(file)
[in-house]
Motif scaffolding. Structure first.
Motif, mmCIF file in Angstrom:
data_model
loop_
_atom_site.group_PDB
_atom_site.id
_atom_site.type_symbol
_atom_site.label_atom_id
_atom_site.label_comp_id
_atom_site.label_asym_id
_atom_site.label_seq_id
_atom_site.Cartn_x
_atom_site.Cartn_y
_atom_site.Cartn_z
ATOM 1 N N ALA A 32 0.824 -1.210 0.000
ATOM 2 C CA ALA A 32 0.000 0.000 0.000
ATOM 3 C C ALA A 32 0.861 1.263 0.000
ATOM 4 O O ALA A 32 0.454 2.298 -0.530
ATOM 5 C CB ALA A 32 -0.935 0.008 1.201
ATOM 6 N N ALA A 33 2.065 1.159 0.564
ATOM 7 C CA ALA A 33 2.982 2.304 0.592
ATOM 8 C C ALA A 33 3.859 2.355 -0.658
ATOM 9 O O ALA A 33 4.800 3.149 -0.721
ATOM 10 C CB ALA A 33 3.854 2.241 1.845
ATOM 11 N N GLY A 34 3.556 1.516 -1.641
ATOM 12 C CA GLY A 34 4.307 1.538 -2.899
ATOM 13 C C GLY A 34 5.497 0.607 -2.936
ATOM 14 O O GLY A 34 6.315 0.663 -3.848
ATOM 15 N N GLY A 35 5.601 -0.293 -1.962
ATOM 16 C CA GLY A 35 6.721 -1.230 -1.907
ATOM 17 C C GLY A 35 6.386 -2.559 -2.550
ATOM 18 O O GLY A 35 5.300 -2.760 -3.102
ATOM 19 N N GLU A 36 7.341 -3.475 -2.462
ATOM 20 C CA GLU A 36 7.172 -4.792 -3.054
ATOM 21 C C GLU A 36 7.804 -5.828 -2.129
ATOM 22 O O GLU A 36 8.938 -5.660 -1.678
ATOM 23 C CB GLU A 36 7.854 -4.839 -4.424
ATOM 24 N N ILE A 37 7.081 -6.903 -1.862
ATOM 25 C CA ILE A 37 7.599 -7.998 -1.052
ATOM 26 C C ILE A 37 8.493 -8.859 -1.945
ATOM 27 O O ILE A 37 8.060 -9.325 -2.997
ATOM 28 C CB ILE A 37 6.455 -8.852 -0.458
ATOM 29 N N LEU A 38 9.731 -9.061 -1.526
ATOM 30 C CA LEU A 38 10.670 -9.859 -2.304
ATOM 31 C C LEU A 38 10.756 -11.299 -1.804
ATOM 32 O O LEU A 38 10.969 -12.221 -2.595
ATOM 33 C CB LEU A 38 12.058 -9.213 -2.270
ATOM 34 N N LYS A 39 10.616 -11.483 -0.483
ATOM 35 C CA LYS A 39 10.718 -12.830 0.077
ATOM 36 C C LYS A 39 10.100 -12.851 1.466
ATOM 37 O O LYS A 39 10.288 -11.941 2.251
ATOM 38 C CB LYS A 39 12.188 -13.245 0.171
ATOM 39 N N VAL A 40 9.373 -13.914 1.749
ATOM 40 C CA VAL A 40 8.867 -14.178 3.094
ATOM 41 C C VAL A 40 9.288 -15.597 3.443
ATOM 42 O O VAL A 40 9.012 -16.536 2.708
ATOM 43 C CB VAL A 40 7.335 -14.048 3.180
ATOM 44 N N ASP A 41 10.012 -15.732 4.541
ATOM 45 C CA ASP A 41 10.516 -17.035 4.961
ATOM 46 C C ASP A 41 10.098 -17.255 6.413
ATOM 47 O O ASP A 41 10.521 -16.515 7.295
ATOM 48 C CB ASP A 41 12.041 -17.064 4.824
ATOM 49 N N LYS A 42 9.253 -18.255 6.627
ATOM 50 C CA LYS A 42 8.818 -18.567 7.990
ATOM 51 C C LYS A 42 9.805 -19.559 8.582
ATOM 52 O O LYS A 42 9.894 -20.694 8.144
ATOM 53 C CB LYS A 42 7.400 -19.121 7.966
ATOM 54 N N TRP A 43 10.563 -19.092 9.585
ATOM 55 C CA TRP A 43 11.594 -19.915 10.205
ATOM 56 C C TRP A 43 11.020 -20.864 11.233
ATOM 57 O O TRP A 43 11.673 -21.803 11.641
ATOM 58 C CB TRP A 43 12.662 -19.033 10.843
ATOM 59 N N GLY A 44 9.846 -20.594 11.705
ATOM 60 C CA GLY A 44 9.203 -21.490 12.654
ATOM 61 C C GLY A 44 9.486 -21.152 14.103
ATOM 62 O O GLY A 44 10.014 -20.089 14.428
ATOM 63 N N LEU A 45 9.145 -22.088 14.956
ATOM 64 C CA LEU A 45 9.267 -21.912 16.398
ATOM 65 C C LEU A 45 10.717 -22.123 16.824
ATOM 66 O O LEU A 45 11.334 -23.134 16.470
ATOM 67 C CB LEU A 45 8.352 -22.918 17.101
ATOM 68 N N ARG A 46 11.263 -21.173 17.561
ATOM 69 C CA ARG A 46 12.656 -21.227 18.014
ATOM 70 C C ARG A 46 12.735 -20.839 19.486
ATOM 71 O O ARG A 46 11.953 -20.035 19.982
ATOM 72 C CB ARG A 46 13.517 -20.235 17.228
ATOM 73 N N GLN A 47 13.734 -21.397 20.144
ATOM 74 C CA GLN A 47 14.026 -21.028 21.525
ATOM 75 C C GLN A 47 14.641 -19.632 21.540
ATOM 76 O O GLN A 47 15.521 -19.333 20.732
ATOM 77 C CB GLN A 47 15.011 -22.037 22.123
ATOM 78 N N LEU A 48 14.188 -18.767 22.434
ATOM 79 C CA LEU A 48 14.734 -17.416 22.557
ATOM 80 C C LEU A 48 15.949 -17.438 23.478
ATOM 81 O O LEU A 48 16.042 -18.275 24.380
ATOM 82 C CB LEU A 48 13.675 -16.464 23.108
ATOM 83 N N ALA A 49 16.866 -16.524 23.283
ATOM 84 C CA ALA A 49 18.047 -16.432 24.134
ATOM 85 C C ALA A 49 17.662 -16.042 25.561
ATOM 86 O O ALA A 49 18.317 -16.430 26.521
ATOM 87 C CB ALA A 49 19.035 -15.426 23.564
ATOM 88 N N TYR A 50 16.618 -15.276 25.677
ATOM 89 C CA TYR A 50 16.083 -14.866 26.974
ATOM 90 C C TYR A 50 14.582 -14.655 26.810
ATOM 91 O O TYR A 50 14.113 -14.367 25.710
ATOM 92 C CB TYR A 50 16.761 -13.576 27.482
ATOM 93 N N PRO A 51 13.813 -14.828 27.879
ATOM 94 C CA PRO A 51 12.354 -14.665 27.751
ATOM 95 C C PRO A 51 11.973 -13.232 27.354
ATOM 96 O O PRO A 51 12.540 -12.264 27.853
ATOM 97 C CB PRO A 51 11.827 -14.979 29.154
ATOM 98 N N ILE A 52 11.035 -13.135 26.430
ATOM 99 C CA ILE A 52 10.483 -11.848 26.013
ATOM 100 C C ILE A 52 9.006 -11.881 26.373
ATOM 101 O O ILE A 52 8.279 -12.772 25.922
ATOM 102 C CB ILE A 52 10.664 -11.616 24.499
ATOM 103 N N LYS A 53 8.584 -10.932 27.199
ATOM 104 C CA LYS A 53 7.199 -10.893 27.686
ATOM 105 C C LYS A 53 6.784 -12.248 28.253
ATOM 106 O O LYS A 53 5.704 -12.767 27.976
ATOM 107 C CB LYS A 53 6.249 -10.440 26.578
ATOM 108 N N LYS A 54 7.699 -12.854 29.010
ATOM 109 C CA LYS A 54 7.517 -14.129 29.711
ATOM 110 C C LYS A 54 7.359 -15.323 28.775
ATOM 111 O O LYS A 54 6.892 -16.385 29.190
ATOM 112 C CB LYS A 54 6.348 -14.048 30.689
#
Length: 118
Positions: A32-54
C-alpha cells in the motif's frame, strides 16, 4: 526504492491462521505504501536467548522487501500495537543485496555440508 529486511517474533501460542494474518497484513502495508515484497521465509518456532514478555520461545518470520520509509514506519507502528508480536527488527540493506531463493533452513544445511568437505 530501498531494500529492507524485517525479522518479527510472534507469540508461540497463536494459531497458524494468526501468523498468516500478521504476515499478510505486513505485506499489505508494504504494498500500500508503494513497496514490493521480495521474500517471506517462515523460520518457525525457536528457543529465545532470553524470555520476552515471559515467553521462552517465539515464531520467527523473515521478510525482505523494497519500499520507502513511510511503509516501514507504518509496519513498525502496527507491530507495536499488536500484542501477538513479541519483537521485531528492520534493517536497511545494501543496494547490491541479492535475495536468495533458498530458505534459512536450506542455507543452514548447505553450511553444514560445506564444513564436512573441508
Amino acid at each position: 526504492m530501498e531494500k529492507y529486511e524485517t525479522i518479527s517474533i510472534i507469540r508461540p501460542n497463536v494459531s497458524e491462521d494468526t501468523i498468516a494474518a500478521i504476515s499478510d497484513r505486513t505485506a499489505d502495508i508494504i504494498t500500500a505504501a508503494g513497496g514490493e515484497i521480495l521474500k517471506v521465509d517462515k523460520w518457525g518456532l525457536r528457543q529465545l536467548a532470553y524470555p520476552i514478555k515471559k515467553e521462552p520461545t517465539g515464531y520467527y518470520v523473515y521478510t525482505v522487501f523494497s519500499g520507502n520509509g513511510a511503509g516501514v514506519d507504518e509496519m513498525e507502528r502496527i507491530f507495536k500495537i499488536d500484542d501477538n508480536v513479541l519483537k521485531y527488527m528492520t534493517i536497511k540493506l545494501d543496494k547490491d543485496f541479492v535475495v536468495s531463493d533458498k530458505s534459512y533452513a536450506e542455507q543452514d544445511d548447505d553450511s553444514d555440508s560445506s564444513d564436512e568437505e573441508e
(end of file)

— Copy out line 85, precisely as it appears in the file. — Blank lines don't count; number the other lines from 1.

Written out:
ATOM 70 C C ARG A 46 12.735 -20.839 19.486